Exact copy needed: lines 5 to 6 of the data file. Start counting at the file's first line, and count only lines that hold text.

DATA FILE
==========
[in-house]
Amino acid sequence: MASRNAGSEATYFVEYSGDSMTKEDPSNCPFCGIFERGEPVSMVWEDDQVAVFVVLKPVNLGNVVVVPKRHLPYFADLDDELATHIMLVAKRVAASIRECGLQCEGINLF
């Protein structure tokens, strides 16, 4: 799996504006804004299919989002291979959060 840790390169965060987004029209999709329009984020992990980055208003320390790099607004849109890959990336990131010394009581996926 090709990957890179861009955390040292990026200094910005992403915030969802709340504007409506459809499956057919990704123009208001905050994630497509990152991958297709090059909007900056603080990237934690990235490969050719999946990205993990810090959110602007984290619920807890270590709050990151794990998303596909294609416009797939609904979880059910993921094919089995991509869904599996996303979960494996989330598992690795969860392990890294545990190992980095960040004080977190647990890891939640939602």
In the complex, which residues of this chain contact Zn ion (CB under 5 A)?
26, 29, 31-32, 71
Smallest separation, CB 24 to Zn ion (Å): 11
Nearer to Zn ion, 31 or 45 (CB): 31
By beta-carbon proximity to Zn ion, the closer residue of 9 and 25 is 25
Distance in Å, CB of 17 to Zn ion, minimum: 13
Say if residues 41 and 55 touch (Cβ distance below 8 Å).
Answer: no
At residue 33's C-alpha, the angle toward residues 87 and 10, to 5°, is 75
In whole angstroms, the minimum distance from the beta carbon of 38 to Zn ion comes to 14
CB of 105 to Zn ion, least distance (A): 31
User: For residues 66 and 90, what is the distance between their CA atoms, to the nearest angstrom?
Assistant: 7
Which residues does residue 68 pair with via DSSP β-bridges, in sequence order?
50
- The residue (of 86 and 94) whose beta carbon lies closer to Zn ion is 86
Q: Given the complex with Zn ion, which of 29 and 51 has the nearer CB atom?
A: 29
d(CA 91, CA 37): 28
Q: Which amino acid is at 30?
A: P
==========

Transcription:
26, 29, 31-32, 71
Smallest separation, CB 24 to Zn ion (Å): 11